Backing biodiversity with evidence

Monarch butterfly on top of a blue Scabiosa flower

Supported by a Horizon Europe guarantee grant, a UK company is continuing to provide vital evidence around biodiversity.

There would be few who would deny that biodiversity is a good thing. But when we try to be more specific about the benefit that comes from having many different plant and animal species in a given area, we can come across an awkward fact, beliefs about the beneficial effects of biodiversity often have a distinct lack of data backing them up.

In two separate but related Horizon Europe projects, a Guildford-based company has been working to fill this gap, by providing much-needed evidence in the field of biodiversity. And thanks to a Horizon Europe guarantee grant, they and a number of other UK partners have been able to continue making their vital contributions to biodiversity projects of wide-ranging importance.

Dr Tiffany Jedrecka is Research and Development Lead at NatureMetrics Ltd, which uses innovative technology to generate biodiversity data and intelligence, at scale. She explains:

In both of the Horizon Europe projects that we’re involved in, we’re working to create a solid evidence base in areas where people had been working just from intuitions about biodiversity, and the positive role that it plays. With that evidence, we can begin to make improvements in sustainability.

Evidence for improvement

In the first of the projects, entitled ‘Biodiversity Conservation to Mitigate the Risks of Emerging Infectious Diseases’, assumptions about the connection between biodiversity and human health are being tested.

Tiffany says:

There is a widely held belief that if you degrade biodiversity you increase the risk of epidemics, which can lead to pandemics. The idea is that as environments are put under greater pressure, animals are pushed into living in greater proximity to humans, increasing the risk that their diseases will be transmitted to us. But that belief hadn’t really been grounded in hard science, and we didn’t have a model that could predict, from the loss of biodiversity, the increased risk of an epidemic or pandemic arising in a particular area.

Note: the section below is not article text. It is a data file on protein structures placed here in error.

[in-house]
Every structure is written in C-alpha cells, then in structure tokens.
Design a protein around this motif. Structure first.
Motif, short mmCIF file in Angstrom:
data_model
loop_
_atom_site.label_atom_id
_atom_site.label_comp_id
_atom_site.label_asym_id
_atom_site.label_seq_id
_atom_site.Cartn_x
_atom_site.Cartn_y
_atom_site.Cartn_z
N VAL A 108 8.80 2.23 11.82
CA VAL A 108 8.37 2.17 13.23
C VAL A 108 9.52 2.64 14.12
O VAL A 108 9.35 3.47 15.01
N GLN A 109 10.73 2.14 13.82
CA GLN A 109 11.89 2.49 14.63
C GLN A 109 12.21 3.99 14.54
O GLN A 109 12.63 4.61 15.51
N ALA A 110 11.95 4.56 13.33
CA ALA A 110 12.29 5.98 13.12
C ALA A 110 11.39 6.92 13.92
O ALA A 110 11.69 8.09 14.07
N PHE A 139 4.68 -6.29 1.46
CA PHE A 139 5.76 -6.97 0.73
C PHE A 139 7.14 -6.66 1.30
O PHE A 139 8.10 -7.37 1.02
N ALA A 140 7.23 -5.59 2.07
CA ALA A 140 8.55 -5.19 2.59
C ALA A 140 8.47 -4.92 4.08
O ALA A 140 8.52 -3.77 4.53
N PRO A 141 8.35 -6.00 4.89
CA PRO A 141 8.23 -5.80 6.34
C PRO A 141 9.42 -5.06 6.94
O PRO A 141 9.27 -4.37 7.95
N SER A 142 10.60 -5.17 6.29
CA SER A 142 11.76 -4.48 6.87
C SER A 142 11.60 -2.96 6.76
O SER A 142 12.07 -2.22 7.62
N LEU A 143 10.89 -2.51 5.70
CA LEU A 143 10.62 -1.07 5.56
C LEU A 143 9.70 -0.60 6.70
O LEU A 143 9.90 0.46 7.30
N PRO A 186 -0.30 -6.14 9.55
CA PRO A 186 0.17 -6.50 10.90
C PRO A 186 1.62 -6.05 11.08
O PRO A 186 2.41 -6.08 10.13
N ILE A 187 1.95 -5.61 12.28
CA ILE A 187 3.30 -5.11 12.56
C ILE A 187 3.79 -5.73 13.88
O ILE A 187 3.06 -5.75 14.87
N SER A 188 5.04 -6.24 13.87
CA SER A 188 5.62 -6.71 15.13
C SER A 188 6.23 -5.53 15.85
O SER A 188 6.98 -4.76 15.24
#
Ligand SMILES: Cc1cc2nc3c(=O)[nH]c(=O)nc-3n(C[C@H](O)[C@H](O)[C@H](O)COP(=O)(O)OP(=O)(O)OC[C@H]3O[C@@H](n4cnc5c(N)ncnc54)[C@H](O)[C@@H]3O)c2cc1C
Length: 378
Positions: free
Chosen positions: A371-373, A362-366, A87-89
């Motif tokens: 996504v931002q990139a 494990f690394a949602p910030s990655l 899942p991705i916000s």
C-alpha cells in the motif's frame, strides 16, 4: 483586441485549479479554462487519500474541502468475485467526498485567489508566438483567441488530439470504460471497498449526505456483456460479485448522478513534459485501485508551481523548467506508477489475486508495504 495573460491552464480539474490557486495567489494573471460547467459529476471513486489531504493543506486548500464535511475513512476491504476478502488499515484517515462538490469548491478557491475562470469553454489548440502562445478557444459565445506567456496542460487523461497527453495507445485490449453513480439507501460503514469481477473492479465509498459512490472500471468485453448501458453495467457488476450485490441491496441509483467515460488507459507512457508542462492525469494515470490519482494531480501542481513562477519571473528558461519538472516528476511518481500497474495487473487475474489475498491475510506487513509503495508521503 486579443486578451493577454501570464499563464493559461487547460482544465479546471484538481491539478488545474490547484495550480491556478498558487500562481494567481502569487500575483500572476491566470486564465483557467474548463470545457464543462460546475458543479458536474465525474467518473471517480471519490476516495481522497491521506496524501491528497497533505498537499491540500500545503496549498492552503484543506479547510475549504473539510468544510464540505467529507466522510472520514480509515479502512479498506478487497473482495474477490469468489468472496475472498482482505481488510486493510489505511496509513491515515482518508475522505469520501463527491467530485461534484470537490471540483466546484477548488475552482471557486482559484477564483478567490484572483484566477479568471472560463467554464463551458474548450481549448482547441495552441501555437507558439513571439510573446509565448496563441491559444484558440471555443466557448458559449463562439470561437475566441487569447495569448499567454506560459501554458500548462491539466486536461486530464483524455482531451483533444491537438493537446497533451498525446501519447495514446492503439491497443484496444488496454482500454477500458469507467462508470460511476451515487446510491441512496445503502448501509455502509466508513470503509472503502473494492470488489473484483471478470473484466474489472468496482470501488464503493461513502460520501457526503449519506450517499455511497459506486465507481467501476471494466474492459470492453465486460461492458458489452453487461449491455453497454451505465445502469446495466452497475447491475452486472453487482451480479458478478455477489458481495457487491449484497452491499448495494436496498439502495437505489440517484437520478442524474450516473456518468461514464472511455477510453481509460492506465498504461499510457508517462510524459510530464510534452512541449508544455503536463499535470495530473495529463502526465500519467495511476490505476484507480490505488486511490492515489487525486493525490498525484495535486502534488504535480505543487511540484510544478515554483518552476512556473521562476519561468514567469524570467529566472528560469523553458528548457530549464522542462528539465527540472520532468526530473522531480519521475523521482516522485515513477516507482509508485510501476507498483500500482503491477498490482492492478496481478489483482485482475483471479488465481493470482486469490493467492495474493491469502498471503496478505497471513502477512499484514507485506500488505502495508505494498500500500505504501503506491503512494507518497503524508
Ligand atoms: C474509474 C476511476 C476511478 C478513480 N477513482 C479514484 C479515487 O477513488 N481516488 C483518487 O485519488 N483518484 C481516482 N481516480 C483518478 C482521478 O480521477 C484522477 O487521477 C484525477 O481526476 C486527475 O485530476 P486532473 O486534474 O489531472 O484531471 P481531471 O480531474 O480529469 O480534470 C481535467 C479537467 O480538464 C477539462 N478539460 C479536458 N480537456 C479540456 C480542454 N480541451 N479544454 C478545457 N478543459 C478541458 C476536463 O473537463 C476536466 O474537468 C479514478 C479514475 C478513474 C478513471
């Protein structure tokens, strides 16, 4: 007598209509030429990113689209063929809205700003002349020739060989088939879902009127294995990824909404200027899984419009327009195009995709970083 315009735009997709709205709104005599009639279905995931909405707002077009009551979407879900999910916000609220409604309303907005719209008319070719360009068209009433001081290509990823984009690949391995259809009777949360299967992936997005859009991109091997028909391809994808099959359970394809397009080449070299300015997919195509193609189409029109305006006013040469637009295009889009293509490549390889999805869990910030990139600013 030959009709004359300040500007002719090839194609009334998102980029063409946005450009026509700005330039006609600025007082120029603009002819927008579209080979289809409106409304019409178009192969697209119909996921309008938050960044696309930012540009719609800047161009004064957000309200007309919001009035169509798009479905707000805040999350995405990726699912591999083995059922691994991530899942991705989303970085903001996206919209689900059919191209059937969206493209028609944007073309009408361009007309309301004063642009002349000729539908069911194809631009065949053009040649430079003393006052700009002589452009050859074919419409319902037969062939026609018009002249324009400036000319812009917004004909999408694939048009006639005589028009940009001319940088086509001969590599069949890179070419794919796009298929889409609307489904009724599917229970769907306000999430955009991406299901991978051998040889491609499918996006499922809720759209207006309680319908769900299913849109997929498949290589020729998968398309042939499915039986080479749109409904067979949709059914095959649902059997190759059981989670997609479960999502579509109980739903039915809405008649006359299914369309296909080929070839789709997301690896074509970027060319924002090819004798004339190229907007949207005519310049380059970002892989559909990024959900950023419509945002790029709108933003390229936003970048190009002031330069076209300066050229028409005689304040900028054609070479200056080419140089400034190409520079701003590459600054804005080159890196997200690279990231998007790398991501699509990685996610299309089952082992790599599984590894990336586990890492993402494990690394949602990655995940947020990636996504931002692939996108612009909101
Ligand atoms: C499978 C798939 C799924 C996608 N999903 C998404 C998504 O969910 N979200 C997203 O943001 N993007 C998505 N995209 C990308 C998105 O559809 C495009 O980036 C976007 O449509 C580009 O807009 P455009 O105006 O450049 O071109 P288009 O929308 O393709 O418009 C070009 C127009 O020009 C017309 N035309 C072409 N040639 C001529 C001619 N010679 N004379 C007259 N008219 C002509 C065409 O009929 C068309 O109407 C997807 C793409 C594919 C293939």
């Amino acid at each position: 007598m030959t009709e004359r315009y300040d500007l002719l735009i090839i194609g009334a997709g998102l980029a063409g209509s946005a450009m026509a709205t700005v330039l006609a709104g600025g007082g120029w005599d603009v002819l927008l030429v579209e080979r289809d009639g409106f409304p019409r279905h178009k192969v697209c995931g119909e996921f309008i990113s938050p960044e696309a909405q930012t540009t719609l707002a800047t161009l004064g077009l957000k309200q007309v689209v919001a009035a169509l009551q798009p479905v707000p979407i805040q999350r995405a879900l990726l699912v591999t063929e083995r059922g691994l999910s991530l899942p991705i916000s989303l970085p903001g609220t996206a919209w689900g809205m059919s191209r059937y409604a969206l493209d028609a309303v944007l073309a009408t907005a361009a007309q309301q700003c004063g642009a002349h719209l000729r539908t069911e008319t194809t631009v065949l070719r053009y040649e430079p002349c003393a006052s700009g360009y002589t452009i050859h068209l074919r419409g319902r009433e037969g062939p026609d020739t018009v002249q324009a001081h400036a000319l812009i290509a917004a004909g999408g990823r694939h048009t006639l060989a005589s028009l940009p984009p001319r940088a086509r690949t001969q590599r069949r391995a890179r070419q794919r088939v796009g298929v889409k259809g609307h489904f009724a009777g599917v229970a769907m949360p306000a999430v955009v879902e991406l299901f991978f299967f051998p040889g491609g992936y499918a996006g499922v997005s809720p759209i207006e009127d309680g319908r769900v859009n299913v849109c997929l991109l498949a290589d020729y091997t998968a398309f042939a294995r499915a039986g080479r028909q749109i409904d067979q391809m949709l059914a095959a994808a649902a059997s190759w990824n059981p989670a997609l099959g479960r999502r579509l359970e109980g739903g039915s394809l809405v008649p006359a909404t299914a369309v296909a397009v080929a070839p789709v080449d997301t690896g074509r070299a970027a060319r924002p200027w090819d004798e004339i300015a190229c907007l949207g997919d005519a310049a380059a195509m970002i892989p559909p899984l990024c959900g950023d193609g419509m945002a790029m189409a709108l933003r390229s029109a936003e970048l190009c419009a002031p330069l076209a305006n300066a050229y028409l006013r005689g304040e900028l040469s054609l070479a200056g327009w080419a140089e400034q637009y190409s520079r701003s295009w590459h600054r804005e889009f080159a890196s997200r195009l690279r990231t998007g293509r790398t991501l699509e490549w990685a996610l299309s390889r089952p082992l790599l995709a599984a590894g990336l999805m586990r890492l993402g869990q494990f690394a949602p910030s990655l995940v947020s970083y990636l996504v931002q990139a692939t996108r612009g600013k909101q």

In this project we are looking at countries bordering tropical environments, from pristine environments through to ones that have been heavily degraded, and linking that degradation to pandemic risk. We’re building modelling tools and working on outreach, such as providing early warning systems for governments.

The second project, ‘New Results-based Policies in the European Agricultural Landscape,’ is on the face of it quite different. The aim is to support government policies around agriculture, to help it become more sustainable. But again, at the heart of the project is the question of measurement and evidence gathering.

According to Tiffany:

Biodiversity is generally seen as being good for plant health and good for soil. But how do you measure that positive effect? How do you know really what’s going on? Agriculture at the moment is very people intensive, and it relies on expensive equipment. How could governments across Europe help farmers understand the value of biodiversity? And if you’re a farmer, how might you measure your biodiversity, in a cost effective way? We’re looking at different ways of doing so, seeing what works best in different contexts.

She adds:

With both of these projects, thanks to the Horizon Europe guarantee grant we’re able to continue this important work.

Top image:  Credit: AnjoKanFotografie, iStock, Getty Images Plus via Getty Images

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